While it is cool to play these games back to back and see the links between them, the plot isn't nearly as engrossing as the gameplay. However, when the gameplay is this great, you don't really need a plot anyway.
Both of these games differ a fair amount, so I will talk about each game more individually, but first, I will briefly mention a few changes Konami has added to Castlevania Requiem.
There is a quick save feature, which allows you to save anywhere, but as soon as you load it again, it's gone.
The rumble feature is used heavily, especially in Rondo of Blood. I noticed my controller shaking as I picked up hearts and items; voices also came out of the controller during certain scenes from both games. I presume Konami sought to modernize the experience a bit, but I didn't find it enhanced anything in the end.
There is also a variety of cool display options. You can choose your screen size and whether or not you want scan lines. You can also choose different borders for the game. I liked the basic black borders since it kept me more focused on the game, but there were some gorgeous options showing off more Castlevania themed stuff.
Rondo of Blood
Rondo of Blood initially feels like any of the first four Castlevania games. You control Richter Belmont, a vampire hunter who wields a whip. You gain secondary items like knives, axes, and boomerangs etc. which are powered by hearts you get by whipping lamps found around the stage. When it comes to combat and platforming this game doesn't deviate very far from the NES original.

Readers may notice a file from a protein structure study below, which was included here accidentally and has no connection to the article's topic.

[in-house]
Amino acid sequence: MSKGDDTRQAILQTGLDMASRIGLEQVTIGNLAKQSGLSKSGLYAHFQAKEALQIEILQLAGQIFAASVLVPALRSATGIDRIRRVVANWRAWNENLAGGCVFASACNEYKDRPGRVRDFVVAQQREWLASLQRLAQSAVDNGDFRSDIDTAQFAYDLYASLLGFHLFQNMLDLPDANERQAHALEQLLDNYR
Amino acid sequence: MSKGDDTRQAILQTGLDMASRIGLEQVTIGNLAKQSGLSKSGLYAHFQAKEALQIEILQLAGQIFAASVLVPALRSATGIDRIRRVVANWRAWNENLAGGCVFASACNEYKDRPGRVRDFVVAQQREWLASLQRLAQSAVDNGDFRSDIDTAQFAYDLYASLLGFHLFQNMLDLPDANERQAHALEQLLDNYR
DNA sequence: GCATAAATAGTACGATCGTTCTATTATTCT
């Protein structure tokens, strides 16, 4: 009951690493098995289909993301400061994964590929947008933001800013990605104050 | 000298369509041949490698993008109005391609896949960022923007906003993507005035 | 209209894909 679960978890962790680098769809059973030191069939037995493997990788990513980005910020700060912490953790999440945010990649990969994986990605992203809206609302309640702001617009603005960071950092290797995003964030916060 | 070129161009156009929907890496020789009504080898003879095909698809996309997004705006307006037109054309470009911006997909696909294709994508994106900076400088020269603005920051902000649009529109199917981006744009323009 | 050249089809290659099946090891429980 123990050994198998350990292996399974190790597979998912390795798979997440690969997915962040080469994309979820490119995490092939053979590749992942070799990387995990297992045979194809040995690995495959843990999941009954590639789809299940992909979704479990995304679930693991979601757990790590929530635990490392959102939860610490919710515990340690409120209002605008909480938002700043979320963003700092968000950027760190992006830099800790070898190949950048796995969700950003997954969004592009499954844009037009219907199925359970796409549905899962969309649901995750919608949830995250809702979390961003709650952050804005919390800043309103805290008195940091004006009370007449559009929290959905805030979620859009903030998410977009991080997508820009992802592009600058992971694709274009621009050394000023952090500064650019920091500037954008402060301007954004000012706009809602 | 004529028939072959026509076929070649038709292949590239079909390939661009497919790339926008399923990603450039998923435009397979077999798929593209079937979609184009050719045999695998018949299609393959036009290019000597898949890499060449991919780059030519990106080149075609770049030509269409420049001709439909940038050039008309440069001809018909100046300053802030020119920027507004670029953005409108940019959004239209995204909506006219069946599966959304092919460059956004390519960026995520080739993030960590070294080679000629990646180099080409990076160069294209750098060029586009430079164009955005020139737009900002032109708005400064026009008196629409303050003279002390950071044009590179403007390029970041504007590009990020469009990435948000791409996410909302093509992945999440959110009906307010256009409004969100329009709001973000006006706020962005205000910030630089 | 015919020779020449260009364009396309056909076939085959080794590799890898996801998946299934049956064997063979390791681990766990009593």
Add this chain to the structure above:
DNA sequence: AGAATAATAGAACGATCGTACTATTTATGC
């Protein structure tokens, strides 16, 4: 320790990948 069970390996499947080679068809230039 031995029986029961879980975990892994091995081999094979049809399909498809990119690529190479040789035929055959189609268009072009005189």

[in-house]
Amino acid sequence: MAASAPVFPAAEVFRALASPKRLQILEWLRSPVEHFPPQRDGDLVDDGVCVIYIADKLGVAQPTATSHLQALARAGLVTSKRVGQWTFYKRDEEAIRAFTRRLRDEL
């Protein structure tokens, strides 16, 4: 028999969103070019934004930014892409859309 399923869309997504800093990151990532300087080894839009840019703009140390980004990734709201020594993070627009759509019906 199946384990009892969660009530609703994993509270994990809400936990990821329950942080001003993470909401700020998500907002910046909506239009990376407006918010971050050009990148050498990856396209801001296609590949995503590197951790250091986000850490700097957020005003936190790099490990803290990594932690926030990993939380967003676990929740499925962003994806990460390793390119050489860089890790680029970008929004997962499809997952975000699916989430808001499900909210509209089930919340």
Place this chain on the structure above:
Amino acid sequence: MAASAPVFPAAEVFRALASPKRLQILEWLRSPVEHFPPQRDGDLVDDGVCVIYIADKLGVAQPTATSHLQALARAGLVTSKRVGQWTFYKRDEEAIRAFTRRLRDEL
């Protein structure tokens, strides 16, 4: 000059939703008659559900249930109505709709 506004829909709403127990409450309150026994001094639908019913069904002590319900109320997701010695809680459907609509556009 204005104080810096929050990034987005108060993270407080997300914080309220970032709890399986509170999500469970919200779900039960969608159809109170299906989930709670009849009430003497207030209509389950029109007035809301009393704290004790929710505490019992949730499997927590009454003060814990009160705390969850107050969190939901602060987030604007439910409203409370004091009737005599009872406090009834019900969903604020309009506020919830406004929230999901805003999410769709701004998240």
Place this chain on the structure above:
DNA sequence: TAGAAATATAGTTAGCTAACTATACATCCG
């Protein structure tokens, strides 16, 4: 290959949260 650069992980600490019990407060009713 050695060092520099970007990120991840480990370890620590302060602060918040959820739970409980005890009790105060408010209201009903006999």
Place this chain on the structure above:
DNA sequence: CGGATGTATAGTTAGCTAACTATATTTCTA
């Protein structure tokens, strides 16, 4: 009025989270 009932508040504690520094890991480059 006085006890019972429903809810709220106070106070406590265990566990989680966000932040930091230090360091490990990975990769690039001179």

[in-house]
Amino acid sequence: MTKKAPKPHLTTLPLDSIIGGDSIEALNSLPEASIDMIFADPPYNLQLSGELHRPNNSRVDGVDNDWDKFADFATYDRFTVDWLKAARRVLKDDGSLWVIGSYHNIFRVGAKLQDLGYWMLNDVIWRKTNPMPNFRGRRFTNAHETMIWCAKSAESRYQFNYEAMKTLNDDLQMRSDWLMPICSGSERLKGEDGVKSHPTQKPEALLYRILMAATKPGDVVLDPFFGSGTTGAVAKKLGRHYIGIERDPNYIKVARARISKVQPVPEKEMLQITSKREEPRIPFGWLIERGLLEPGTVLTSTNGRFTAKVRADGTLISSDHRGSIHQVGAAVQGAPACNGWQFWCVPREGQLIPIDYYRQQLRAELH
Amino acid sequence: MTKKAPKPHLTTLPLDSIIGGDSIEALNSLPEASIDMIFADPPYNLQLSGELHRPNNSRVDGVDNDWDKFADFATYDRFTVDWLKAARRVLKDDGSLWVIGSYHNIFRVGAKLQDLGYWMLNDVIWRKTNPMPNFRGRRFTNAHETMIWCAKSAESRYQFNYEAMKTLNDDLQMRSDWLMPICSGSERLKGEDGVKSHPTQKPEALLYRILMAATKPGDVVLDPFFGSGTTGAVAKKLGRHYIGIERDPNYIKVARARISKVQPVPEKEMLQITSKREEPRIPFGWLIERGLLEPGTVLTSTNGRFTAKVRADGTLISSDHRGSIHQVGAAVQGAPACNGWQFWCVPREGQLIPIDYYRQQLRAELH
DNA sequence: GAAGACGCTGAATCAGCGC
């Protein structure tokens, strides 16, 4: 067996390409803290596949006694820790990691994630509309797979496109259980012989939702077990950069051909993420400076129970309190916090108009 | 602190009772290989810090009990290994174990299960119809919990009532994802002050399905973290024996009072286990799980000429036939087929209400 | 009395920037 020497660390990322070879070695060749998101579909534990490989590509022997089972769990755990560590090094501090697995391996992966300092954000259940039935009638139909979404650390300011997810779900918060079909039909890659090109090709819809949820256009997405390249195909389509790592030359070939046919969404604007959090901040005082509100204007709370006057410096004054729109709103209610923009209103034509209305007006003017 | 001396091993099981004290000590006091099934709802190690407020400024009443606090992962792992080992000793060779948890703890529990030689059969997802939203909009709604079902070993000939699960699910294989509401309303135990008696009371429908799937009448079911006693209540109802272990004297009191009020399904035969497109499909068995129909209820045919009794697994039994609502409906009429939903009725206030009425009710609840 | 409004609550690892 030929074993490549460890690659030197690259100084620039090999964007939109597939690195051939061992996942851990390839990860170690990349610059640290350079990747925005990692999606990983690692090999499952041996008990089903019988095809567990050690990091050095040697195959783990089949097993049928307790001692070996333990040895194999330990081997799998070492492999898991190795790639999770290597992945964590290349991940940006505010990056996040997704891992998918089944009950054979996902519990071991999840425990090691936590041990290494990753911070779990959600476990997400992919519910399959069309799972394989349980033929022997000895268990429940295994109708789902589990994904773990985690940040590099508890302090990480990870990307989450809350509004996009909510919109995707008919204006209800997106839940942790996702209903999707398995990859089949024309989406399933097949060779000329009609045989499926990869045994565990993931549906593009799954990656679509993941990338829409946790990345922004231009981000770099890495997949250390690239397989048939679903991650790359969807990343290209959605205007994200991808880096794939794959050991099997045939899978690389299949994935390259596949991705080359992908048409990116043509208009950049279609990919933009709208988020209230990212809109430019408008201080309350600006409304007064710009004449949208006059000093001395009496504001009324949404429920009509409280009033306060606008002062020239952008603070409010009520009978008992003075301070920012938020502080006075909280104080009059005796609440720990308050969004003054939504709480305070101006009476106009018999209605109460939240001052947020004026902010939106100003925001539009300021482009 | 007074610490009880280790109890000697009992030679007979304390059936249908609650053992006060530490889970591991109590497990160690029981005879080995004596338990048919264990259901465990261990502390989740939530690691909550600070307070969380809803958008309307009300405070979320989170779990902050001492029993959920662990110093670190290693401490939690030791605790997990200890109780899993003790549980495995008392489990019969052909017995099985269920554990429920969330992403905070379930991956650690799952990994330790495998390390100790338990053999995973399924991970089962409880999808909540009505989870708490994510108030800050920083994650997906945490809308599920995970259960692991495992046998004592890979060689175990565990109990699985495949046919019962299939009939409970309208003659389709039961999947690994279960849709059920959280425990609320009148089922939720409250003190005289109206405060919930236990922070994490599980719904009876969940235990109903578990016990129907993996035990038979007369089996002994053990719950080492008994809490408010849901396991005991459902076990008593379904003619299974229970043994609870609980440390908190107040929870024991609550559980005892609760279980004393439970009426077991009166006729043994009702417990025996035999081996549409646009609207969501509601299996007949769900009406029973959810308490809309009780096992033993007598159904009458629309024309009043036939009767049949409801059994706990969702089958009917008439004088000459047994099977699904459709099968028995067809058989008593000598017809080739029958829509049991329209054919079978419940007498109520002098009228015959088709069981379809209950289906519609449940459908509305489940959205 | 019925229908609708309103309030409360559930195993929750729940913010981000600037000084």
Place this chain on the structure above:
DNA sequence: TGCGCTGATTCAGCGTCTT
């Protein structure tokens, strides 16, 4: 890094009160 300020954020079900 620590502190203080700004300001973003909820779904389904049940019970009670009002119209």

Rondo of Blood really sets itself apart from its predecessors by giving the player more room to explore the levels in a less straightforward fashion. There is no time limit, and you won't always be following one path to the end of the level. Falling in a pit may not kill you; instead, it may take you to a completely different part of the stage. It may also cut you off from another area of the level.
It's impossible to see this whole game on the first playthrough. Some doors require keys that need to be found in the stage. Certain areas of the castle are locked behind puzzles where you are given only one attempt, and the third to fifth stages each have two entirely different levels. This also means you cannot see every stage on your initial playthrough.
Even with all the exploration, Rondo of Blood is still a traditional Castlevania game at its core. Regardless of how you explore a level, you get through the stage and fight a boss then advance to the next stage.